Repay Your Student Loans by Doing Volunteer Work
As of 2014, outstanding student loan in the U.S. is $1.16 trillion. SponsorChange is helping graduates repay their loans by volunteering.
Higher education in the U.S. is so expensive that many call it a “privilege.” However, in an economy that thrives on innovation and skilled labour, young people have no choice but to find a way to afford this privilege. As of 2014, this results in $1.16 trillion of outstanding student loans. Recognizing the gravity of this problem, earlier this year President Barack Obama announced the Student Aid Bill of Rights — a set of guiding principles behind his vision for affordable education.
Existing student debt is already affecting the lives of graduates. Donghoon Lee, research officer at the Federal Reserve Bank of New York, says that “Student loan delinquencies and repayment problems appear to be reducing borrowers’ ability to form their own households.” SponsorChange, a young nonprofit that aims to increase volunteerism in the social sector, had another finding — student loans have a direct effect on the willingness to volunteer, since graduates cannot afford to spend time doing free work. As the founders put it, “We concluded that the ability to volunteer is a privilege that not everyone has the time and resources to afford.”
To address the issue, SponsorChange decided that it won’t be just another site that simply lists volunteering opportunities, but will develop an approach that helps both organizations and graduates with student loans, as well as involves people who want to donate money to causes.
“SponsorChange decided to reward volunteer service, because good work deserves to be rewarded, and everyone deserves the opportunity to meaningfully contribute. So we did something bold and different and went out and raised funding from citizen philanthropists. We started rewarding volunteers who completed skill-based projects at Pittsburgh nonprofits with direct student loan payments. Ever since, we've been helping volunteers who give back, pay back. Organizations list projects on our site and receive the talent they need. Volunteers find projects and build their skills by doing something they love. And sponsors, or what we call "philanthroteers" (philanthropist + volunteer), get to invest in human capital that fuels the social sector. It's a win-win-win.”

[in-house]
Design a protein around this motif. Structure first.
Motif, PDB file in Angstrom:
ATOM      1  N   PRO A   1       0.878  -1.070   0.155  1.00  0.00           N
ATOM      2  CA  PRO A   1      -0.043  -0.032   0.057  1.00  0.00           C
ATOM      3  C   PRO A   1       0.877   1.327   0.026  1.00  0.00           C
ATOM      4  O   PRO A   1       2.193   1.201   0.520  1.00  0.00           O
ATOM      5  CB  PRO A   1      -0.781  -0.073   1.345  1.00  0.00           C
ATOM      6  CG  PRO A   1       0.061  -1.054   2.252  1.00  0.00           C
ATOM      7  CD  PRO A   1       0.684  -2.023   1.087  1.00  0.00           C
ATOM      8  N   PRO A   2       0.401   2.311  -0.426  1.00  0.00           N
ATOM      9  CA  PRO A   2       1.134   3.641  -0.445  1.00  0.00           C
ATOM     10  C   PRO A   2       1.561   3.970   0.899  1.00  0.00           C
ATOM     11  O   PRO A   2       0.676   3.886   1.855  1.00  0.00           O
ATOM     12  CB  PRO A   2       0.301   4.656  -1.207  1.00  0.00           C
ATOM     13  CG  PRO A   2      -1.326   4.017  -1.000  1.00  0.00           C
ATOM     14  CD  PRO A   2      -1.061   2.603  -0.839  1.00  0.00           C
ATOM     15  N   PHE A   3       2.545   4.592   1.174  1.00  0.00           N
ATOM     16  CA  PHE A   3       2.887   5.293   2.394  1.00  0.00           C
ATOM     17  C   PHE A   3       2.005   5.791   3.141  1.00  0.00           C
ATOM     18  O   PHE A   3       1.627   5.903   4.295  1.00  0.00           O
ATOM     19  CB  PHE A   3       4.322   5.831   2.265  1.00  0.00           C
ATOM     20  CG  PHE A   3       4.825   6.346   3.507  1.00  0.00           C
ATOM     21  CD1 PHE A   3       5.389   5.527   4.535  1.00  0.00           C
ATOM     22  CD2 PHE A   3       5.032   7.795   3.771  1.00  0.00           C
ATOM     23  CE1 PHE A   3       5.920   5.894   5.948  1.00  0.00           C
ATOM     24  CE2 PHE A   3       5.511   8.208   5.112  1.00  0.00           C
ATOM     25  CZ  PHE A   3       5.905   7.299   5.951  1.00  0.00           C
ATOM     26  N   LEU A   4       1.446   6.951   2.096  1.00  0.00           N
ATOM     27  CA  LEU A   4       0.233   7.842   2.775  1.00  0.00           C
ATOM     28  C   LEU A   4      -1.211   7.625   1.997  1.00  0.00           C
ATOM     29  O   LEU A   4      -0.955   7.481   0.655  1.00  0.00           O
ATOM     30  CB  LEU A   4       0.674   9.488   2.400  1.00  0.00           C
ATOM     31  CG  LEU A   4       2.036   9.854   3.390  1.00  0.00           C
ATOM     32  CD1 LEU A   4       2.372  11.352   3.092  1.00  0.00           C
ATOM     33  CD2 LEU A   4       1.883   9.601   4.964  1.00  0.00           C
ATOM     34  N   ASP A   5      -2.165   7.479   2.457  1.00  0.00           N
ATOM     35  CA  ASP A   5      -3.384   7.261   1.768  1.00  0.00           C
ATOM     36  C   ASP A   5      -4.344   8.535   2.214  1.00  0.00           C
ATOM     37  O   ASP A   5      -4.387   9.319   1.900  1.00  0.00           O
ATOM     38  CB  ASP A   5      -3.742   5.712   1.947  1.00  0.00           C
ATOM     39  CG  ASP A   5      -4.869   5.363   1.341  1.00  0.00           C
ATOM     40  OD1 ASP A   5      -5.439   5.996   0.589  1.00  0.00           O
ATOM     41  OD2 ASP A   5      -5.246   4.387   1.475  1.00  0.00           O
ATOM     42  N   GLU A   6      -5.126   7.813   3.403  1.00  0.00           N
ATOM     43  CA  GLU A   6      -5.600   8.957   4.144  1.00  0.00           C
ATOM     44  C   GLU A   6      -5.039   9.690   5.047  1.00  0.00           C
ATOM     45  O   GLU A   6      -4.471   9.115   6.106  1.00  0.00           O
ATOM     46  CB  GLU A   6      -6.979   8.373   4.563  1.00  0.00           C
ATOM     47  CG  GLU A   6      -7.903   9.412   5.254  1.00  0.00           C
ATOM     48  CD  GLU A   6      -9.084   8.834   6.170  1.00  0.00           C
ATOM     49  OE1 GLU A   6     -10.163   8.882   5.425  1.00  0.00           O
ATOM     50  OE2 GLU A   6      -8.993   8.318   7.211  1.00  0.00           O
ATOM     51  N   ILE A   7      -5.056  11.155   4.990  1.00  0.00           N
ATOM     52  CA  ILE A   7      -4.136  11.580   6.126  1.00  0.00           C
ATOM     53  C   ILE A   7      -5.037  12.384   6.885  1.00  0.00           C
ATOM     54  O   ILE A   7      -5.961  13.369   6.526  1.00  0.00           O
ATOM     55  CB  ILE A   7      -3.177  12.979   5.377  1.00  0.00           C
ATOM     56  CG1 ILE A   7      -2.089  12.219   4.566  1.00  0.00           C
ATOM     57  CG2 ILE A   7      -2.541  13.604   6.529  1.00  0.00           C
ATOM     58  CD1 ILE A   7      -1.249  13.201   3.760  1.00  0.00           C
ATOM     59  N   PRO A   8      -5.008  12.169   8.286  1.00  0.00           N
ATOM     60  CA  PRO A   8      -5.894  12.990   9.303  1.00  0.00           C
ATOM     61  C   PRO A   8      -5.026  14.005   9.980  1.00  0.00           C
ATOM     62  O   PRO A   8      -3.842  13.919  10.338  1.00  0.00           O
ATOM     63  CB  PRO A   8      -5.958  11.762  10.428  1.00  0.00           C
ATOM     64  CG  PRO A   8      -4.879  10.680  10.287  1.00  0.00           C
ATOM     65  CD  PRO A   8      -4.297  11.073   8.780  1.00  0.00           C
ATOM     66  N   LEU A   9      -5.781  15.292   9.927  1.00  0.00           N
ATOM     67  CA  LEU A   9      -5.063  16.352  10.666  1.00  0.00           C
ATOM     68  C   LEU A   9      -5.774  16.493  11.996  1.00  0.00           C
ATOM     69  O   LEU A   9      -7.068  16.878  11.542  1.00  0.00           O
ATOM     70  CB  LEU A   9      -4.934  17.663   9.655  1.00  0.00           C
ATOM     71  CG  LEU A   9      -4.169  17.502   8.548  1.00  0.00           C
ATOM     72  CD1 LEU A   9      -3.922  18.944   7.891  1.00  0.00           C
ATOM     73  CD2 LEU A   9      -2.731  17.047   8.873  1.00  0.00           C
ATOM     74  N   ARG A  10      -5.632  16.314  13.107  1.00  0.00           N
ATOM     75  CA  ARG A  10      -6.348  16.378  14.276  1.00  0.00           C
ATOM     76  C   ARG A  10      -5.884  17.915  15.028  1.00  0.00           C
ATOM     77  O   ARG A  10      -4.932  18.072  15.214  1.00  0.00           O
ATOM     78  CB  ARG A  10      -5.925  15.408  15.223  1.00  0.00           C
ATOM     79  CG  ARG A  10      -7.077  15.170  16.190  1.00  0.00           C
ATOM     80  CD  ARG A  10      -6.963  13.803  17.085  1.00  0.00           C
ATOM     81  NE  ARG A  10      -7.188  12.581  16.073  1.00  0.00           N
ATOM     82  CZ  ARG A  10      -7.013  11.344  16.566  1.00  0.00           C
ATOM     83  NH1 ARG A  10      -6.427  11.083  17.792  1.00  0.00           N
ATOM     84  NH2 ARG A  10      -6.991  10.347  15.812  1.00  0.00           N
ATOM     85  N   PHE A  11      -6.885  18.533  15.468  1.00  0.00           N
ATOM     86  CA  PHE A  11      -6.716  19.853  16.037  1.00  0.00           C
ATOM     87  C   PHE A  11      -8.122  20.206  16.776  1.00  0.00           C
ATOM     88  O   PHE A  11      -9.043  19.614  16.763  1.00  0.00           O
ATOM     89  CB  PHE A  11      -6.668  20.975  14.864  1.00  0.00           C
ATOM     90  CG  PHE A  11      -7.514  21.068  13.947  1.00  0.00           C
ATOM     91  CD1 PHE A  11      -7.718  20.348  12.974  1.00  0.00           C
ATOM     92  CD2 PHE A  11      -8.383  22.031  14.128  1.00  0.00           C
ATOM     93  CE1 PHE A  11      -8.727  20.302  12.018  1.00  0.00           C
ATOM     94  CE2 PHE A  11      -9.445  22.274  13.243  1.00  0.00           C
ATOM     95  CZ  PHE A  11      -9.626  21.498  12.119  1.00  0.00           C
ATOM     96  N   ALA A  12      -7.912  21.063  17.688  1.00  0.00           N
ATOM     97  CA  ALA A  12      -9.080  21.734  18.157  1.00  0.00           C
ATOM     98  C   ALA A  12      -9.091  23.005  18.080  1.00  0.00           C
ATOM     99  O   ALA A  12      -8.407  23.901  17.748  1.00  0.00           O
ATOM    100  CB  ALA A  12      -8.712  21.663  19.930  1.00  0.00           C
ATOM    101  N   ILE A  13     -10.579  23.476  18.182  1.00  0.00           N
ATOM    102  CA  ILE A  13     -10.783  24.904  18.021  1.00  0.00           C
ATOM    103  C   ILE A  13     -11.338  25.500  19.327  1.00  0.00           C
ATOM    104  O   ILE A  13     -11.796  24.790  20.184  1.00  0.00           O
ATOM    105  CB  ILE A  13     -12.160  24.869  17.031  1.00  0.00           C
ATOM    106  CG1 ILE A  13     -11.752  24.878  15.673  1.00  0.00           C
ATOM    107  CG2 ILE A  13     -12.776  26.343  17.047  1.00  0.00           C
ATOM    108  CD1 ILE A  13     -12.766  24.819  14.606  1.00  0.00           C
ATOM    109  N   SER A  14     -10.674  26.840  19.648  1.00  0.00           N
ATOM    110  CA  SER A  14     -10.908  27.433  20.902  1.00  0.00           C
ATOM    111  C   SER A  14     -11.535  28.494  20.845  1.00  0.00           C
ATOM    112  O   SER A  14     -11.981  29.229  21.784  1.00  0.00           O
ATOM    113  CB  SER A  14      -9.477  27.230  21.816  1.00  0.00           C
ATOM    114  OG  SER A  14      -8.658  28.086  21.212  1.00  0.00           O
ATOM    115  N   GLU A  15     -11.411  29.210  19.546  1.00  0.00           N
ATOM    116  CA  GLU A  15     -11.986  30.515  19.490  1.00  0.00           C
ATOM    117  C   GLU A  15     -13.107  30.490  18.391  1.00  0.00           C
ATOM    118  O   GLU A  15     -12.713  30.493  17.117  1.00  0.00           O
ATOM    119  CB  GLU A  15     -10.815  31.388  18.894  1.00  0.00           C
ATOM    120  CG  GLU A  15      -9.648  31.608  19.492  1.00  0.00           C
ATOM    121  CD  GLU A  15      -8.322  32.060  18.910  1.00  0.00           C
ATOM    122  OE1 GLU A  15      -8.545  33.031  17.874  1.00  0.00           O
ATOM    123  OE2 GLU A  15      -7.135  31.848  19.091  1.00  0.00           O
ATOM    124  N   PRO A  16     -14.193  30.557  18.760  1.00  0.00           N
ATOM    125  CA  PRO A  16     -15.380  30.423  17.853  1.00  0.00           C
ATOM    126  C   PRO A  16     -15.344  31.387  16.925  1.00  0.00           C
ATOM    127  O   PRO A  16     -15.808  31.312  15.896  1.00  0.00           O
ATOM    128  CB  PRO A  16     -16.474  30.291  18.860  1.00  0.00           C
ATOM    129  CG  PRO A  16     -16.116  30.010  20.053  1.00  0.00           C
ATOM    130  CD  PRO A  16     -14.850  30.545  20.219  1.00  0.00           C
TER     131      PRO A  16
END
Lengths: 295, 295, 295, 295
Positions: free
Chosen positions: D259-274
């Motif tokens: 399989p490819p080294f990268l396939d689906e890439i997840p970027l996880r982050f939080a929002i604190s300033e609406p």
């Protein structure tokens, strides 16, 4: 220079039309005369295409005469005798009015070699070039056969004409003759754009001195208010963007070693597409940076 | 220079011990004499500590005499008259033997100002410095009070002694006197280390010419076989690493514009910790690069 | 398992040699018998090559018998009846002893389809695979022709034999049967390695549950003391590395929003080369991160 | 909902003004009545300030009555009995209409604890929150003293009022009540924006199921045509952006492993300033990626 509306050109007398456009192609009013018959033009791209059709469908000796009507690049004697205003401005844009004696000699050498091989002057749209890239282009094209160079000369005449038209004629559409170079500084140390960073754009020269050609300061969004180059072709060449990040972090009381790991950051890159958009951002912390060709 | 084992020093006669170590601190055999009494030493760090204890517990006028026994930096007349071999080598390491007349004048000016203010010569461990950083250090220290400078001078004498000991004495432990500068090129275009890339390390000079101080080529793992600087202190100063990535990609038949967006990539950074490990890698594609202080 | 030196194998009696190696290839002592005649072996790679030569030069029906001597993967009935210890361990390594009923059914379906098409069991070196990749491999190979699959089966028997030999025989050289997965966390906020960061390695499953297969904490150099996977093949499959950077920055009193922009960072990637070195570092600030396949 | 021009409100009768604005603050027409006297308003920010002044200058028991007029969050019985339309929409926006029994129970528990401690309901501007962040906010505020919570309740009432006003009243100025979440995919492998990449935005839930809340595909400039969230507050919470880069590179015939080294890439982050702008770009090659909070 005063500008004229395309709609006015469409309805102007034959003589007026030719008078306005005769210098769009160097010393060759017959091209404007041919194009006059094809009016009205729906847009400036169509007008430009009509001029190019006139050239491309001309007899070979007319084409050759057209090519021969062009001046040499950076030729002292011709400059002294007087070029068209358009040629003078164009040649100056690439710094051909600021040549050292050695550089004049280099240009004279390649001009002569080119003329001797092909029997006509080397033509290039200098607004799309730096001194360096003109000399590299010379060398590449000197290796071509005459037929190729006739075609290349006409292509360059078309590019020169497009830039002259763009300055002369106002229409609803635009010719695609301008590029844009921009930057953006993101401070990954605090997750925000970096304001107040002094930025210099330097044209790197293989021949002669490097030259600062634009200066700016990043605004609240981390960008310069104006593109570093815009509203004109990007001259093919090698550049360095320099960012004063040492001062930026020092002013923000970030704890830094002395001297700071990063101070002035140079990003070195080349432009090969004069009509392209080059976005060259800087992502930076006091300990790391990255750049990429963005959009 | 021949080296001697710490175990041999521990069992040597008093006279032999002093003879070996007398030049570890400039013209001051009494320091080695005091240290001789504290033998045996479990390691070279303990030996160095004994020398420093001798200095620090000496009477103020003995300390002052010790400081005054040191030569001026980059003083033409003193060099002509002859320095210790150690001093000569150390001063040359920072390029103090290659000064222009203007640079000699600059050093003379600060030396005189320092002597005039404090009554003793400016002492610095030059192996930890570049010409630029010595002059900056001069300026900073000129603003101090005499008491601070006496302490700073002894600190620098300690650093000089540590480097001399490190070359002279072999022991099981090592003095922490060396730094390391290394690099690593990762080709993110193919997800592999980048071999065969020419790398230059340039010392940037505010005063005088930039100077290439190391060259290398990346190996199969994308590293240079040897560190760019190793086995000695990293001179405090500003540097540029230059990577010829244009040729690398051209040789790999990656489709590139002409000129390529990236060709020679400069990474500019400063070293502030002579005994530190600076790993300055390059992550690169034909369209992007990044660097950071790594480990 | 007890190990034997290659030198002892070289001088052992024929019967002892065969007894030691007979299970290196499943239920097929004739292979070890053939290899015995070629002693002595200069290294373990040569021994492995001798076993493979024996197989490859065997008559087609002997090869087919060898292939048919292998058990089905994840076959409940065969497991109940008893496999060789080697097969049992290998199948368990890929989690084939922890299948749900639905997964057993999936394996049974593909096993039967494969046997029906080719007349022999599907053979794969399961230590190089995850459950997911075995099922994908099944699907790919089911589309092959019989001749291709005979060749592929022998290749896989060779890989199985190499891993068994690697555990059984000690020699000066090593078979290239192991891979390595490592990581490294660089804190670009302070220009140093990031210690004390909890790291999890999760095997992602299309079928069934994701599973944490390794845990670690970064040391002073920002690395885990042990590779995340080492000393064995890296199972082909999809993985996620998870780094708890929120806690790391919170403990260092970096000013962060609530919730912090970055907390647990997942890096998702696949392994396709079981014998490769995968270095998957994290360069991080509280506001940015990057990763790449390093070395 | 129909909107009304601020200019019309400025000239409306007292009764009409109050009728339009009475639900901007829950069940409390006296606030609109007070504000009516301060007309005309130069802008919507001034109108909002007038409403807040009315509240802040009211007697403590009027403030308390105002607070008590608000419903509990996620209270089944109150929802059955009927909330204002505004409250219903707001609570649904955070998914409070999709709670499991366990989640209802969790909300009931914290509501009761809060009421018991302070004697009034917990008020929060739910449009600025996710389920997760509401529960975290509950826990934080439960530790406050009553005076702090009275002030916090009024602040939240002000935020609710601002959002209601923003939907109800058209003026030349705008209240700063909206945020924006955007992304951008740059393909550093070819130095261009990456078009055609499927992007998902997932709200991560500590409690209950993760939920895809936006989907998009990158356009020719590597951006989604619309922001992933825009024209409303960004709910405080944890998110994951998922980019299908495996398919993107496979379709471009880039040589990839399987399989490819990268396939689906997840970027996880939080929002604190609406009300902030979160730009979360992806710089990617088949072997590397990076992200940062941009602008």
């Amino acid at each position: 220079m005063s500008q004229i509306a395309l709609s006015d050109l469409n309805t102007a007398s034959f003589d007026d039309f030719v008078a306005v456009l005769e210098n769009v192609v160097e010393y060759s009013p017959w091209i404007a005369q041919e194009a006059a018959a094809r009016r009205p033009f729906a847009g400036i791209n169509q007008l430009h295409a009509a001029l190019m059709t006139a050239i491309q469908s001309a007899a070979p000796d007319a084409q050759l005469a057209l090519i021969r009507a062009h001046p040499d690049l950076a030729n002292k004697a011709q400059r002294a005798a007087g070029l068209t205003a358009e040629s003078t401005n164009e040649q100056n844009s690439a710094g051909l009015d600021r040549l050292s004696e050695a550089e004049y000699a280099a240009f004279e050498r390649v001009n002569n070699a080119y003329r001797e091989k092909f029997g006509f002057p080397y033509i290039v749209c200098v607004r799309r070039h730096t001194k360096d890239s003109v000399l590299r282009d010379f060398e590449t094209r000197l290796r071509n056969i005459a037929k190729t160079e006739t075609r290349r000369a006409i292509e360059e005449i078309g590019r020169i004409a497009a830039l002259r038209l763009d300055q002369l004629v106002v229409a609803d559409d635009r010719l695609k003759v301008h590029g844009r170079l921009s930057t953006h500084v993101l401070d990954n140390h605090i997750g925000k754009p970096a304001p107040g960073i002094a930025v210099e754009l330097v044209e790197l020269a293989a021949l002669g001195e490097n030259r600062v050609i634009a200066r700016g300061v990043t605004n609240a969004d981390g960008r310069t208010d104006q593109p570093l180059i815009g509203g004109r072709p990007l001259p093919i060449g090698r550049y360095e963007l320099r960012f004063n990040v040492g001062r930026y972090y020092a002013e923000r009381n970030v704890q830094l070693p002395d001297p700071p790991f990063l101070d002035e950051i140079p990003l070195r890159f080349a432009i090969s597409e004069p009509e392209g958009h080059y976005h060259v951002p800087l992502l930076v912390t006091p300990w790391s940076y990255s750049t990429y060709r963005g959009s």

Nonprofit organizations can register on the site and create skill-based volunteer projects, which should take no more than 40 hours to complete. After the project is listed, philanthroteers can donate money for the projects they like, while Change Agents can apply to be volunteers. The project is completed following a project-management framework and after it is closed with the approval of the Change Agent, SponsorChange distributes the direct student's loan payments rewards.
SponsorChange helps graduates not only repay their student loans, but also add valuable skill-based experience to their CVs. It also provides a better way for philanthropists to donate, with their money helping both the nonprofits and graduates.
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- Stories are at the heart of learning, writes Cleary Vaughan-Lee, Executive Director for the Global Oneness Project. They have always challenged us to think beyond ourselves, expanding our experience and revealing deep truths.
- Vaughan-Lee explains 6 ways that storytelling can foster empathy and deliver powerful learning experiences.
- Global Oneness Project is a free library of stories—containing short documentaries, photo essays, and essays—that each contain a companion lesson plan and learning activities for students so they can expand their experience of the world.
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- Instead, educators should foster a culture of problem solving. Ask children: What problem do you want to solve? And what talents or passions do you have that can be the avenues by which you solve it?
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